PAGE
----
Oaths seems to imply that some speech is more lax and less serious with regards to honesty. The use of oaths implicitly downgrades the expectations for honesty elsewhere. But we are a people who believe that all speech is binding — we are held accountable for the integrity all of our speech, not just sworn speech.

Thus, as people who are called to absolute honesty, swearing and oaths should have no place among Christians. Our commitment to truth should be so consistent and dependable that there is no need for us to buttress our speech with swearing or taking oaths. Our plain speech is good enough. It’s trustworthy as it is.

Goodreads Review of Divorce and Remarriage: Four Christian Views by H. Wayne House

Divorce and Remarriage: Four Christian ViewsDivorce and Remarriage: Four Christian Views by H. Wayne House
My rating: 4 of 5 stars

Good, substantive discussions (minus Richards, see below).

Laney provides a great survey of the texts, although I wish he had engaged the main “issues” more.

Heth is on point. Superb scholarly work here. (Note: Heth later changed his view, so lots of respect for this guy given his willingness to go where he thinks the text leads despite the sacrifice involved — his previously scholarly stand, e.g., his contribution here.)

Edgar is a juggernaut of destruction, ripping other authors and arguments to shreds. He’s good; but his tone is unfortunate. He also succumbs to building lots of straw man and frequently overstates his case. (Laney and Heth rightly take note of this.)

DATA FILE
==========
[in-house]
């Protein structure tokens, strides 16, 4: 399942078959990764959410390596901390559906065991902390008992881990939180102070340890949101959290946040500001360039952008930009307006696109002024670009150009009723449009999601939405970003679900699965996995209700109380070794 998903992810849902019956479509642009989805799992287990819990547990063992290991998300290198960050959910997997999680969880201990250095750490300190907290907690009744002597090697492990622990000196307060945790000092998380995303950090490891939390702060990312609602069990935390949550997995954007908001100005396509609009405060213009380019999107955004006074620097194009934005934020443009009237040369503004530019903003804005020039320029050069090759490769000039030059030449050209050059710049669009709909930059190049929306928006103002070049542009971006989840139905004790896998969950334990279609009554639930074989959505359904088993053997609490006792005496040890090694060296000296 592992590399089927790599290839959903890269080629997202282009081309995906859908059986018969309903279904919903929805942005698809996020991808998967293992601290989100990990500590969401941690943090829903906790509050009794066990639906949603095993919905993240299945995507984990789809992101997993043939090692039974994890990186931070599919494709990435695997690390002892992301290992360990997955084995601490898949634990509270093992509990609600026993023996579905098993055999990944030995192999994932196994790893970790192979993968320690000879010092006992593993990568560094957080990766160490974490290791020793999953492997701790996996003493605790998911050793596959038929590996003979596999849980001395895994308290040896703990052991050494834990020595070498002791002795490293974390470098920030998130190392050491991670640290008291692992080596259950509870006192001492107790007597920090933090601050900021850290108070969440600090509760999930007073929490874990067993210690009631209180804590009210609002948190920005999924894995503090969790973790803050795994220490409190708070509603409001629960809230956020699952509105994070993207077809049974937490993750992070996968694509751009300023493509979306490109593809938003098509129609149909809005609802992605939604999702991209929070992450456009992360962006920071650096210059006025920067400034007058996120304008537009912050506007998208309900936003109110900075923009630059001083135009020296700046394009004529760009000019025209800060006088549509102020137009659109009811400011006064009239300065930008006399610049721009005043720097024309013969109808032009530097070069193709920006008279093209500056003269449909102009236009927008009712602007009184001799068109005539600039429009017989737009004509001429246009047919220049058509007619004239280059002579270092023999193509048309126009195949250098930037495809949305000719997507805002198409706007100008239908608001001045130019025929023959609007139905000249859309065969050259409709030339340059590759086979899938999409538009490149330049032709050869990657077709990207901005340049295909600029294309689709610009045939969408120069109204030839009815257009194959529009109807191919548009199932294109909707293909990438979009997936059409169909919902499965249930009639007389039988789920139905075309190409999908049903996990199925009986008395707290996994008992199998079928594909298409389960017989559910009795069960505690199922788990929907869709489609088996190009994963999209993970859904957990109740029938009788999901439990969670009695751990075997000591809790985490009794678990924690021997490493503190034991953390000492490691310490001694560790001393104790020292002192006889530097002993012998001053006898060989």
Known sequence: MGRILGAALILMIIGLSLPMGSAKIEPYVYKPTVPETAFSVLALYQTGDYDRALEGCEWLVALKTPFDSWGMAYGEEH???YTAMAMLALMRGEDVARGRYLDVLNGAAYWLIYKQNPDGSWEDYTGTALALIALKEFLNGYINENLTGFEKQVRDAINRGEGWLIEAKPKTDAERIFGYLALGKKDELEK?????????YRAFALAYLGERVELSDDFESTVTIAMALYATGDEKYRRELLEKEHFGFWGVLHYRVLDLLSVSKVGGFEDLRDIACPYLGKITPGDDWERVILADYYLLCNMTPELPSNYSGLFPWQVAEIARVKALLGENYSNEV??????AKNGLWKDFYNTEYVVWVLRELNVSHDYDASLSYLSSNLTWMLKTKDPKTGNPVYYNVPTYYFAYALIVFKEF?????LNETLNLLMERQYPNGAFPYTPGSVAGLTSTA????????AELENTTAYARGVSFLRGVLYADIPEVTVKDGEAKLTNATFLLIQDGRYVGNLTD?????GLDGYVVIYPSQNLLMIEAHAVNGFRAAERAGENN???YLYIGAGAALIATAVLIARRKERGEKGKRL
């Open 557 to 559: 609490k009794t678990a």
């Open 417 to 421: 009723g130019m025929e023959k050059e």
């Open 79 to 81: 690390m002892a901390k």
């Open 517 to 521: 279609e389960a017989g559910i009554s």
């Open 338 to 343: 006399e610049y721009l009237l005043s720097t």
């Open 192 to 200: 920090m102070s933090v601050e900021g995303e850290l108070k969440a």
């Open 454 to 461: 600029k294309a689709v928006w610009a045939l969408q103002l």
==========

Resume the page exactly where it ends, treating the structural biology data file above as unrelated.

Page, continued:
Richards… Oh, Richards. I don’t know how his piece made it past the editor. How did this guy get invited to contribute to this project? He only cites two sources… two endnotes! (compare that to Heth’s 106 endnotes). Seriously. Horrible exegesis. Loads of eisegesis.

He basically argues (and this is no exaggeration) that all divorce and remarriage is wrong, but people can do it anyway and we shouldn’t judge since that’d be legalistic. … Antinomianism would be a better title for his position!

Besides Richard’s though, lots of good stuff here.

(The following evaluation of each author’s contribution is not necessarily reflective of whether I agree or disagree with their position, but is based on the quality of their contribution, regardless of whether I agree with them.)

View all my reviews

Goodreads Review of Marriage, Divorce, and Remarriage in the Bible: A Fresh Look at What Scripture Teaches by Jay E. Adams

Marriage, Divorce, and Remarriage in the Bible: A Fresh Look at What Scripture TeachesMarriage, Divorce, and Remarriage in the Bible: A Fresh Look at What Scripture Teaches by Jay E. Adams

My rating: 4 of 5 stars

Content — good.

Tone — could be improved at points, particularly when dealing with those with whine he disagrees (typical Jay Adams).

Sometimes a little simplistic in its handling of things.

Sometimes the opposite: stances were so, “If this, then that… If this, than that… If this, then…” (etc.) that things felt several levels removed from the text itself, and one began to feel suspicious of their legitimacy.

But, all in all, an impressive little treatment — cuts through a complex issue with a lot of clarity (even if being in danger of a little over-simplicity at times).

View all my reviews